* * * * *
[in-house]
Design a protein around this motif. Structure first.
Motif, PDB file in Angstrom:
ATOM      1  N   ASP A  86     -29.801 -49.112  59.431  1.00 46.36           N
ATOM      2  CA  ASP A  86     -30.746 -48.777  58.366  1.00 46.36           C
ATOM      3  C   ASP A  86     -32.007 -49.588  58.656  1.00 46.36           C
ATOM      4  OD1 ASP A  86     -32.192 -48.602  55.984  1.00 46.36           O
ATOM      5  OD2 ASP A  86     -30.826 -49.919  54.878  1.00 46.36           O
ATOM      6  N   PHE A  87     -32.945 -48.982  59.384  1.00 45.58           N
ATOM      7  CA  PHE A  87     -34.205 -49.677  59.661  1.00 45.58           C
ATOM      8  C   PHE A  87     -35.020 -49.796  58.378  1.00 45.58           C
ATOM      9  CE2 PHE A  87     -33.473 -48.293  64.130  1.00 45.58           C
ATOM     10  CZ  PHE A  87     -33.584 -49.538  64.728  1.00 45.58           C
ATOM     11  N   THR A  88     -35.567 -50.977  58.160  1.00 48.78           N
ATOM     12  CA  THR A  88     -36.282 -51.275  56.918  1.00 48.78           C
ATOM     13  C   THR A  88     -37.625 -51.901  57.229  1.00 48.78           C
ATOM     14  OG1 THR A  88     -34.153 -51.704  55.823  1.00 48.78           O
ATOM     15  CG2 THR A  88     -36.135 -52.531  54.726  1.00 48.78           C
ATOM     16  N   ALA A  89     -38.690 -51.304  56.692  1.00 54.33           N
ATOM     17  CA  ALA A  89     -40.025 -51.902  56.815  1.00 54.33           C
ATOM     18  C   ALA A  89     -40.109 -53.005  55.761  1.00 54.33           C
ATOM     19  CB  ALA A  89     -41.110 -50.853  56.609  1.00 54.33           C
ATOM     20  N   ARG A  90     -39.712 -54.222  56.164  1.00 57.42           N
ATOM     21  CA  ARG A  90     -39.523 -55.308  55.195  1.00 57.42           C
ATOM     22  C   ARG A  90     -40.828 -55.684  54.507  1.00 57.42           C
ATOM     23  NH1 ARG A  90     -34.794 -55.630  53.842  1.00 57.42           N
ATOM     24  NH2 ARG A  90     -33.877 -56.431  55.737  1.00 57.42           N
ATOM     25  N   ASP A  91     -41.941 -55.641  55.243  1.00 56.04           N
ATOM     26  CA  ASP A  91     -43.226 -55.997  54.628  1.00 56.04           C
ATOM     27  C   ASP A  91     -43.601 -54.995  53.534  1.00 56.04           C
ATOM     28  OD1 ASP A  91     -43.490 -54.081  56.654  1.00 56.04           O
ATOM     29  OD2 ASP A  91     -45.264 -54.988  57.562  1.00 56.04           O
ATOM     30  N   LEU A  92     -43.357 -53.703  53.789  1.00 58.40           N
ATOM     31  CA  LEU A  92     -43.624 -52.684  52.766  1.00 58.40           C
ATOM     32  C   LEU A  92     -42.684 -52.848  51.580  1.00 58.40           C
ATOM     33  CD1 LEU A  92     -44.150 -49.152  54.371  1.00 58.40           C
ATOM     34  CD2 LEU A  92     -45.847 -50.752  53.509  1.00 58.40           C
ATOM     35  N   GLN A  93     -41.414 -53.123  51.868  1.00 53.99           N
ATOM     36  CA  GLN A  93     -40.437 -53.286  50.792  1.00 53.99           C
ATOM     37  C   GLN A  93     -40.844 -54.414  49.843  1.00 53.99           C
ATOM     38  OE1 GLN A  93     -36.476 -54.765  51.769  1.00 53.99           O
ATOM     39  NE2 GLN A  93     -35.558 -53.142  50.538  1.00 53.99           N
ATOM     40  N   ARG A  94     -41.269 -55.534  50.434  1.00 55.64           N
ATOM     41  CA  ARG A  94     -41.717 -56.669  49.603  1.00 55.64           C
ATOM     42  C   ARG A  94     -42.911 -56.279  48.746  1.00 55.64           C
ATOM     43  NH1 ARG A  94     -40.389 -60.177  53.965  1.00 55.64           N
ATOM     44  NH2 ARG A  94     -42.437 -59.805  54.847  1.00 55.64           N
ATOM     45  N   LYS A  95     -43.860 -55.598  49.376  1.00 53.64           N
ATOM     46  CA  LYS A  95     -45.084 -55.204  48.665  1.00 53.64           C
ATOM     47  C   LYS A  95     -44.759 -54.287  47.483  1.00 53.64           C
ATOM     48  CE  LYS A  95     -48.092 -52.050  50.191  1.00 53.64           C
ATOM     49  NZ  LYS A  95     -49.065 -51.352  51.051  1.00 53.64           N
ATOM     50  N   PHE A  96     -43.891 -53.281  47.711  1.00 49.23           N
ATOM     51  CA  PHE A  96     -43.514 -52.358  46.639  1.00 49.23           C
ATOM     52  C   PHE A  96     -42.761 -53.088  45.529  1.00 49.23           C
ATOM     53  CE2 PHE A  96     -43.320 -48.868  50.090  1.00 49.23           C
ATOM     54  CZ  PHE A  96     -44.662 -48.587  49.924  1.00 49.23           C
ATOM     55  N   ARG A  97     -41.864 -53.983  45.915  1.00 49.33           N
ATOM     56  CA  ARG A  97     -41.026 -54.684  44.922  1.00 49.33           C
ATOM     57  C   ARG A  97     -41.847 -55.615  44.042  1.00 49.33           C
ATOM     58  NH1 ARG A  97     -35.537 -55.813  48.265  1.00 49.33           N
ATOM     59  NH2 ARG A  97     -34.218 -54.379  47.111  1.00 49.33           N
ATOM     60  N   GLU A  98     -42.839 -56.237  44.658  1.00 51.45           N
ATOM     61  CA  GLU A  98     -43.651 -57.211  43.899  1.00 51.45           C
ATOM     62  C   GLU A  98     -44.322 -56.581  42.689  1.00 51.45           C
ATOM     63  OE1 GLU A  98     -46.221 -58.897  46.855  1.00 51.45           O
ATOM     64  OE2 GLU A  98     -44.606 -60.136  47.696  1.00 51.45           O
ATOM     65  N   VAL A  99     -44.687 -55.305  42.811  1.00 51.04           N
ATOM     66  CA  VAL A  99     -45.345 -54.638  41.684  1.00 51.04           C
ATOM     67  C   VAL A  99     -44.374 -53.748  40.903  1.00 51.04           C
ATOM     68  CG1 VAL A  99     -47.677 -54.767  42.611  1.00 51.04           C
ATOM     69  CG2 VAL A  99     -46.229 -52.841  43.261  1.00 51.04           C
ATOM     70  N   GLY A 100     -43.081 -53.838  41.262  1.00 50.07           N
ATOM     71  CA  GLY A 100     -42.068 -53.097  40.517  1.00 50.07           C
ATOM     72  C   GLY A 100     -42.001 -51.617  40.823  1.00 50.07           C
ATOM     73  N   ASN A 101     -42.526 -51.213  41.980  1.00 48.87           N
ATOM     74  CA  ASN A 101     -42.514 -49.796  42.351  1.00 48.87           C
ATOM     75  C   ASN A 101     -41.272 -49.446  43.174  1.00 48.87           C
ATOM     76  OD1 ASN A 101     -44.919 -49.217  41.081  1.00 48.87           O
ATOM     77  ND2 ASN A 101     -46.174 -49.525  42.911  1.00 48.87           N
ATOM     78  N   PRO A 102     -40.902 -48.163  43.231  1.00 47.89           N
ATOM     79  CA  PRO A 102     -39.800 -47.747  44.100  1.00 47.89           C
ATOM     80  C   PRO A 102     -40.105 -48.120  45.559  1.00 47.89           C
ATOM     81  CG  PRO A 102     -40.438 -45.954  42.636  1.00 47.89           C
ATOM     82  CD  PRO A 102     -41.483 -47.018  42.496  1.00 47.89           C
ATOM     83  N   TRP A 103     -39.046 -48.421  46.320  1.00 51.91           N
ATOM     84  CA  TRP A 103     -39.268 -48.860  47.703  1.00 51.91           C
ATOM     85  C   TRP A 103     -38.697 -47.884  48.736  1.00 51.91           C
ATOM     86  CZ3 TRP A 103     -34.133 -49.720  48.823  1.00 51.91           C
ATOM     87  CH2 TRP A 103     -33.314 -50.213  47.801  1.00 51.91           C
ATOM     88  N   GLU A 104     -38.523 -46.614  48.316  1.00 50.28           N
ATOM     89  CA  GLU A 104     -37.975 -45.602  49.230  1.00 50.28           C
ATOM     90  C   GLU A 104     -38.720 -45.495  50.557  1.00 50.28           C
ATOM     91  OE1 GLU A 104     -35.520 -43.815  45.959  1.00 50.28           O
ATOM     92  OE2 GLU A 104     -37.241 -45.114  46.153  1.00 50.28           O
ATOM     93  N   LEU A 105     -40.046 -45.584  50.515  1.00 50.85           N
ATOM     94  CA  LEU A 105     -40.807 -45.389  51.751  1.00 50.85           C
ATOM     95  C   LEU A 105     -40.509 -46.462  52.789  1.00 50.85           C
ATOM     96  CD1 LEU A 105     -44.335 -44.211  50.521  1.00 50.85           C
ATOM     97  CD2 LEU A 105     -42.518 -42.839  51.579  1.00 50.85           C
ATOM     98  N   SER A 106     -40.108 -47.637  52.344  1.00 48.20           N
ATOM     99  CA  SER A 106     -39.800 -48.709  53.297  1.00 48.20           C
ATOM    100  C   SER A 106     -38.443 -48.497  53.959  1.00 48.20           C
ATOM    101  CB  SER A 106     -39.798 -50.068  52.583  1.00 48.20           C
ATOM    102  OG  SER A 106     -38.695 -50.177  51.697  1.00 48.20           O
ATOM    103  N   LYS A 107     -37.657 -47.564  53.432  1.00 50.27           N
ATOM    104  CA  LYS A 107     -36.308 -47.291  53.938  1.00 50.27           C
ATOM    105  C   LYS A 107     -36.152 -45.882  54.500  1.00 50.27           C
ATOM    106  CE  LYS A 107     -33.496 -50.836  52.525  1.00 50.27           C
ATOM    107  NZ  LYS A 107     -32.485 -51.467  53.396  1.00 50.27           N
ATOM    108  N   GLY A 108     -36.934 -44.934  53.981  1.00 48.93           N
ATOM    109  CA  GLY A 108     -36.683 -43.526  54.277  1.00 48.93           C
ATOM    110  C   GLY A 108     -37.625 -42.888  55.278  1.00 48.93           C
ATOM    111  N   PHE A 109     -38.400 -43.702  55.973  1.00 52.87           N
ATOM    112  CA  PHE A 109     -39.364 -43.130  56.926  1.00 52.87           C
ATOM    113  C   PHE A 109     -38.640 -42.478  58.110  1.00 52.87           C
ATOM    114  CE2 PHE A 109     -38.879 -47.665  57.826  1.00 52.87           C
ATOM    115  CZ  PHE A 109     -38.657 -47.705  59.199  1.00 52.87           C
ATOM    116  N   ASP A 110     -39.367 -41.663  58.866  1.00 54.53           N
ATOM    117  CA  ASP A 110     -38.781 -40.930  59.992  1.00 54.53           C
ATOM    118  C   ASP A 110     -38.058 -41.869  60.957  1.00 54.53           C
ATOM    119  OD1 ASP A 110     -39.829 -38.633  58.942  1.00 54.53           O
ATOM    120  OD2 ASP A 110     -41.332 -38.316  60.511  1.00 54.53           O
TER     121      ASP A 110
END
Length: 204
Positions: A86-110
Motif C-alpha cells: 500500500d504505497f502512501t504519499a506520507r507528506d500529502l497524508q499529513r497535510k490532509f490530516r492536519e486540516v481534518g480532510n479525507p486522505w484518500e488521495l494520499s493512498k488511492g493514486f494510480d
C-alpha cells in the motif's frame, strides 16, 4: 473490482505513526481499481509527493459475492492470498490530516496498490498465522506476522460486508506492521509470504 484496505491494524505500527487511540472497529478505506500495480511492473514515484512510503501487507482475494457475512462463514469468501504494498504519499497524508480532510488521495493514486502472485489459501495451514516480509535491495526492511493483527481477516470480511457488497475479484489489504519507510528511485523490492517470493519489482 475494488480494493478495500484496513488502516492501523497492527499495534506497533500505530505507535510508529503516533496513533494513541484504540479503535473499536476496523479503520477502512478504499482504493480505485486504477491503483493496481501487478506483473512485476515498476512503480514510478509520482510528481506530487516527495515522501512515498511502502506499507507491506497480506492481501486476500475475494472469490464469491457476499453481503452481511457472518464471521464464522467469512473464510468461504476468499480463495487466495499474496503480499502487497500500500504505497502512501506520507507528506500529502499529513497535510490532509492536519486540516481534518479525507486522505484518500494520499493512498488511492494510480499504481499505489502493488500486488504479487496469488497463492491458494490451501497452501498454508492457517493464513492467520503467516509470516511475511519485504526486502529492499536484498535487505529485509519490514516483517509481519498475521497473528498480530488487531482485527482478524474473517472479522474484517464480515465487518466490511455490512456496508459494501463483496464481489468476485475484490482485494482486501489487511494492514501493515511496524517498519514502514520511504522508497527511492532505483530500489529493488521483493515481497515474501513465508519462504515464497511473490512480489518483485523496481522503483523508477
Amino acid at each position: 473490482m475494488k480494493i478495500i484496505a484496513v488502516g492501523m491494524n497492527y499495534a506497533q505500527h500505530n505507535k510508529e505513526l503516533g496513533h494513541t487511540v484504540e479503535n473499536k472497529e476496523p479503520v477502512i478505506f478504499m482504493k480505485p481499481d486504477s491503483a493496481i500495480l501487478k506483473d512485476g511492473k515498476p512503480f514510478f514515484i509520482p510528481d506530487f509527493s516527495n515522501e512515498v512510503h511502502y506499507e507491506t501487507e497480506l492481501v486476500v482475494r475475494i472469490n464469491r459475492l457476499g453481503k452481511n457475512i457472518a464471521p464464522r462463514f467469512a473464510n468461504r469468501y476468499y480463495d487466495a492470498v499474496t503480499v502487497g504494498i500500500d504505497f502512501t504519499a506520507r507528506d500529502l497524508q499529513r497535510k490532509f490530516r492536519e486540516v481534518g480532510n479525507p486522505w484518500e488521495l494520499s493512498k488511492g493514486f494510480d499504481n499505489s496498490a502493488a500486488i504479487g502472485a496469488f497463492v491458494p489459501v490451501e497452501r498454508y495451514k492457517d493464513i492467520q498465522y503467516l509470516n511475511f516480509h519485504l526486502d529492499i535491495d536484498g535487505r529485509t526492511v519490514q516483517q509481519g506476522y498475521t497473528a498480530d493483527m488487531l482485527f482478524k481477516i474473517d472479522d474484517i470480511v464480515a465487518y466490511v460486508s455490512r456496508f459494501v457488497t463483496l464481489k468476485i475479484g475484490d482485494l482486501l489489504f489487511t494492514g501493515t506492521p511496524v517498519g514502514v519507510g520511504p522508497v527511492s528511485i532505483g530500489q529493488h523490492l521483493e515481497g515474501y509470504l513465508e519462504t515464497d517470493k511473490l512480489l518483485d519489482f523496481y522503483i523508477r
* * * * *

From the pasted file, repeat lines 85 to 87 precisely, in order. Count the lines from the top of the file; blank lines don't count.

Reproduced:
ATOM     82  CD  PRO A 102     -41.483 -47.018  42.496  1.00 47.89           C
ATOM     83  N   TRP A 103     -39.046 -48.421  46.320  1.00 51.91           N
ATOM     84  CA  TRP A 103     -39.268 -48.860  47.703  1.00 51.91           C